Approximately 2,000 years ago, the Yayoi culture, which was characterized by rice cultivation and the art of making ironware, spread from western Japan to the Tohoku region. However, the Yayoi culture did not reach Hokkaido, where the Jomon culture developed into the post-Jomon culture.
Since the Hokkaido residents at the time had active exchanges with people from other regions, their culture was not only affected by the Yayoi culture from the south, but also the cultures of Sakhalin and the continent to the north, and developed into a culture unique to Hokkaido.
Rice cultivation that did not arrive in Hokkaido
From the end of the Jomon era, people with rice cultivation skills started arriving in western Japan from across the sea. They brought the agricultural culture of rice-paddy cultivation from around the Yangtze River.
The people of the Yayoi culture used Yayoi pottery without any patterns as well as bronze, iron and other metal tools. Approximately 2,500 years ago, the Yayoi culture spread across Honshu (the main island of Japan), and lead to the end of the Jomon culture. However, the Jomon people learned rice cultivation from the Yayoi people and became a mixed race, which is regarded as the ancestors of the current Japanese. It is known that more people in the Kanto and Tohoku regions inherited DNA from Jomon people at that time than in western Japan.
In the Tohoku region, the Yayoi culture declined even after the rice cultivation spread, and some people gave up farming to return to hunting and gathering. Yayoi pottery pieces with a pattern have also been found, showing the influence of Jomon culture. This Yayoi culture did not reach Hokkaido, where rice was not cultivated.
People in Hokkaido continued to use Jomon pottery with a pattern, and adopted the Jomon traditions and lifestyle. In addition, through trading with Honshu, people also obtained ironware and other metal tools that were not part of the Jomon culture, and these helped to develop their hunting, fishing and gathering skills. This culture, which continued from approximately 2,500 years ago up to the 7th century, is called the post-Jomon culture.
Diversity of post-Jomon culture
At the beginning of the post-Jomon era, different cultures were also found in the southwest and northeast of Hokkaido.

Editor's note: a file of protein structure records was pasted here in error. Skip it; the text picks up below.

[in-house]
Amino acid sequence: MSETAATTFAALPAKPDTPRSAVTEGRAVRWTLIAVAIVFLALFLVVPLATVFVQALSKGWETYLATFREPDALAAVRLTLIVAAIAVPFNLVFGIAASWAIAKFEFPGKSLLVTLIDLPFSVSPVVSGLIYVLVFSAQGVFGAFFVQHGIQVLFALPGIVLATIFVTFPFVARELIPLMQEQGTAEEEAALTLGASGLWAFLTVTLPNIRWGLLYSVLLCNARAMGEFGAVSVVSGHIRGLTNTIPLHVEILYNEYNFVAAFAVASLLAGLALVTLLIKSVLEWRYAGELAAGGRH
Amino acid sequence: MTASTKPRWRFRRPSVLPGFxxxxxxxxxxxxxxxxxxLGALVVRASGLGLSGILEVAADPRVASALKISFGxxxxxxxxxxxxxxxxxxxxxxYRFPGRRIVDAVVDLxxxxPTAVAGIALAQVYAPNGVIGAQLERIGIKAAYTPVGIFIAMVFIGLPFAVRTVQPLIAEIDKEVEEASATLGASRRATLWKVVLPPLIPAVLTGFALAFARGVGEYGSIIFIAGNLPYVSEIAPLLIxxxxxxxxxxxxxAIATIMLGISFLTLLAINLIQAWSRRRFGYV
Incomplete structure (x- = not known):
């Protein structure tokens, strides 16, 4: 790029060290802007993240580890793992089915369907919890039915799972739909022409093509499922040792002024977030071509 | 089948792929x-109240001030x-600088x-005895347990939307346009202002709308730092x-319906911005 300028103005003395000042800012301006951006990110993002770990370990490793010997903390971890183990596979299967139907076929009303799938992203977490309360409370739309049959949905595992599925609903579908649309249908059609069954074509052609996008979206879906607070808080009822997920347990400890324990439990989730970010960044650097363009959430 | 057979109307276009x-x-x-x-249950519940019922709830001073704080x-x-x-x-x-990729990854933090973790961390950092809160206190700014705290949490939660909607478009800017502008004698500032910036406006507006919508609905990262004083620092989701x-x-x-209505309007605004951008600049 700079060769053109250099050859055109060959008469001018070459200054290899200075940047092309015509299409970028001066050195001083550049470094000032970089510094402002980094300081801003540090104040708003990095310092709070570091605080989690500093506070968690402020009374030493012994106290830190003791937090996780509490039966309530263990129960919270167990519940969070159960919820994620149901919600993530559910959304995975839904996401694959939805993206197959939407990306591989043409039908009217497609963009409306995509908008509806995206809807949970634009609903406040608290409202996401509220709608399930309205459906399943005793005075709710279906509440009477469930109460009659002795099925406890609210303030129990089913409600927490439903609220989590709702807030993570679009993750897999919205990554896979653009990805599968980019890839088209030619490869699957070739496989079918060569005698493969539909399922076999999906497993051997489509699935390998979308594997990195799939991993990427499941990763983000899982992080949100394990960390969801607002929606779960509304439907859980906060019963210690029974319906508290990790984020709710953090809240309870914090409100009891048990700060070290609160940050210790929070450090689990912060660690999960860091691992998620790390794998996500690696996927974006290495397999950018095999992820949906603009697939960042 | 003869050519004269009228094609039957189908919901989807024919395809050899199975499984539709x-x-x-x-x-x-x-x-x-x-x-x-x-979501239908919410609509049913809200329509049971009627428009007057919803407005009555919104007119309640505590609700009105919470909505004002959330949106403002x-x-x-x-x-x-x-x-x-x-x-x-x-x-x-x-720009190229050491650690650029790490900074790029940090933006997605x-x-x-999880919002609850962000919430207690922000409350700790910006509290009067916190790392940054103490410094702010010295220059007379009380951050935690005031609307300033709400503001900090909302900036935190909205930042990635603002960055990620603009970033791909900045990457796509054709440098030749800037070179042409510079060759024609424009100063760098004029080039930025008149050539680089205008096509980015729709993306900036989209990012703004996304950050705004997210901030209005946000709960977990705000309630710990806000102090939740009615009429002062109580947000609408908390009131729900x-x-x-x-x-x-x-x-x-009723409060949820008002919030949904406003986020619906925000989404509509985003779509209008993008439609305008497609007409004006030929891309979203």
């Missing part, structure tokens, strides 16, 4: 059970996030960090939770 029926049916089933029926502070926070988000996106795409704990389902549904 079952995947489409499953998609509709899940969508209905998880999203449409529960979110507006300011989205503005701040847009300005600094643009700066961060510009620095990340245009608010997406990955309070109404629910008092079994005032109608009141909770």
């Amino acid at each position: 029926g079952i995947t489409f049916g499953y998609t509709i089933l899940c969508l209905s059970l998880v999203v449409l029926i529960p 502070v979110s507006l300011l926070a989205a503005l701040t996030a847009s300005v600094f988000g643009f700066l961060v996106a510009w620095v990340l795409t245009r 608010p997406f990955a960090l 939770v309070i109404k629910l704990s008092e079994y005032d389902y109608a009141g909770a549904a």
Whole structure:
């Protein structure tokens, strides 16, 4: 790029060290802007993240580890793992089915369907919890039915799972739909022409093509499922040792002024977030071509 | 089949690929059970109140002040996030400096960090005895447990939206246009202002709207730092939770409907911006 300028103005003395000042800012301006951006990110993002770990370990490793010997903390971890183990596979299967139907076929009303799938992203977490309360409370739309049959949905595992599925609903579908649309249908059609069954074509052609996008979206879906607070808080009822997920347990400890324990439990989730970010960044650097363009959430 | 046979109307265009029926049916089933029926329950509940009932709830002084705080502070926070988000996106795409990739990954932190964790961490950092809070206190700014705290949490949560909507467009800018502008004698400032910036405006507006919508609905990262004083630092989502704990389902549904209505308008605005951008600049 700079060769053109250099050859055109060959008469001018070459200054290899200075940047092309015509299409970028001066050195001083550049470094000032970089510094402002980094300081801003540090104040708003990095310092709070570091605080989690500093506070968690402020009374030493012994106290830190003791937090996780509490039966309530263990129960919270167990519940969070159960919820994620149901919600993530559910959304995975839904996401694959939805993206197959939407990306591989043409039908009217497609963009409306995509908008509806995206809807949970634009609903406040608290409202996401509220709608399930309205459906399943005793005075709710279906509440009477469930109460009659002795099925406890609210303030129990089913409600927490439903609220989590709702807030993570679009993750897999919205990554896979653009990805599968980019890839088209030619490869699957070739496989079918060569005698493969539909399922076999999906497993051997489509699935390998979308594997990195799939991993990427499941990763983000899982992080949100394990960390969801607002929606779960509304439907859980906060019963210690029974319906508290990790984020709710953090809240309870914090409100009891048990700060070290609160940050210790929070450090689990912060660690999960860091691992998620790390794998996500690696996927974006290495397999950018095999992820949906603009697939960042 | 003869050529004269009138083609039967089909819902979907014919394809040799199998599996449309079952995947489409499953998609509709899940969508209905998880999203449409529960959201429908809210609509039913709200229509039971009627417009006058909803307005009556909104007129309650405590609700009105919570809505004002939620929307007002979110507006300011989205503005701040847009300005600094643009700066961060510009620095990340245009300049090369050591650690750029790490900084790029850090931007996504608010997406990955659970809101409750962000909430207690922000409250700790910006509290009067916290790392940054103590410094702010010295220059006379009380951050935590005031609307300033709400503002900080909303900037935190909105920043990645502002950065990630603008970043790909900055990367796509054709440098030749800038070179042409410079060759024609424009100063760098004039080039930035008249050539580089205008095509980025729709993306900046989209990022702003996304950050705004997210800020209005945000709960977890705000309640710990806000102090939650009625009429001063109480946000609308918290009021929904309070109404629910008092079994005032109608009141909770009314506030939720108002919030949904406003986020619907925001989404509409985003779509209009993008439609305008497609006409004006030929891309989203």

In the southwest, people used Esan-type pottery, named after Esan (Hakodate City) in southern Hokkaido, and their culture is called Esan culture. In Esan culture areas, many shell middens with fish hooks and harpoons have been found. This suggests that the culture depended on fishing. Bracelets made of cone shells from the southern seas have also been found at the Usu-Moshiri Site, indicating exchanges with southern Honshu. In the northeast, different pottery than in southern Hokkaido was used, and amber beads were among the burial goods.
Approximately 4,000 amber beads for necklaces (largest number in Hokkaido) have been found at the Takisato-Yasui Site in Ashibetsu City. Some amber found in northern Hokkaido is believed to have come from Sakhalin, indicating exchanges with northern areas.
In the latter half of the post-Jomon era, Kohoku-type pottery was spread all over Hokkaido, and then to the Tohoku and Niigata regions. It is thought that the post-Jomon culture spread to northern Tohoku at that time.
Line drawings that were carved in rock somewhere between the first and fourth centuries have been found in Fugoppe Cave in Yoichi Town. Drawings found in Temiya Cave, Otaru City were once considered to be ancient characters, but now we believe they are also the same type of line drawings. It is still unknown where this culture of carving drawings in rock came from.
This site dating to the late Jomon to post-Jomon eras was found on Moshiri Island in Usu Bay. The site covers an entire islet with an area of approximately 10,000m², where bracelets made of cone shells from the southern seas have been unearthed from post-Jomon graves, indicating actual exchanges with the Yayoi culture. Unearthed artifacts are on display at Jomon Art Gallery in Date City Memorial Hall.
- AddressUsu Bay (Funka Bay), Date City
- LinkUsu-Moshiri Site (Northern Jomon: outline of archaeological sites) (In Japanese)
- LinkDate City Memorial Hall (Date City Institute of Funkawan Culture) (In Japanese)
Fugoppe Cave dates back to the post-Jomon era of 2,000 to 1,500 years ago. The cave is approximately 5 m deep and high, and more than 200 line drawings are carved in the rocks. The drawings represent costume-clad people, boats, fish, marine animals and four-footed animals, and indicate that this might have been a religious place where rituals were performed. A conservation facility has been constructed here, and Kohoku-type pottery unearthed from the cave is exhibited.
- AddressSakaemachi 87, Yoichi-cho, Yoichi-gun
- LinkFugoppe Cave (In Japanese)
Temiya Cave was discovered in 1866, and investigations by many researchers revealed that it dates back to the post-Jomon period approximately 1,600 years ago. People with horns and a stick-like object or square masks as well as four-footed animals are depicted. The actual drawings are open to the public at the Temiya Cavern Preservation Center.
- AddressTemiya 1-chome 3-4, Otaru
- LinkTemiya Cave (In Japanese)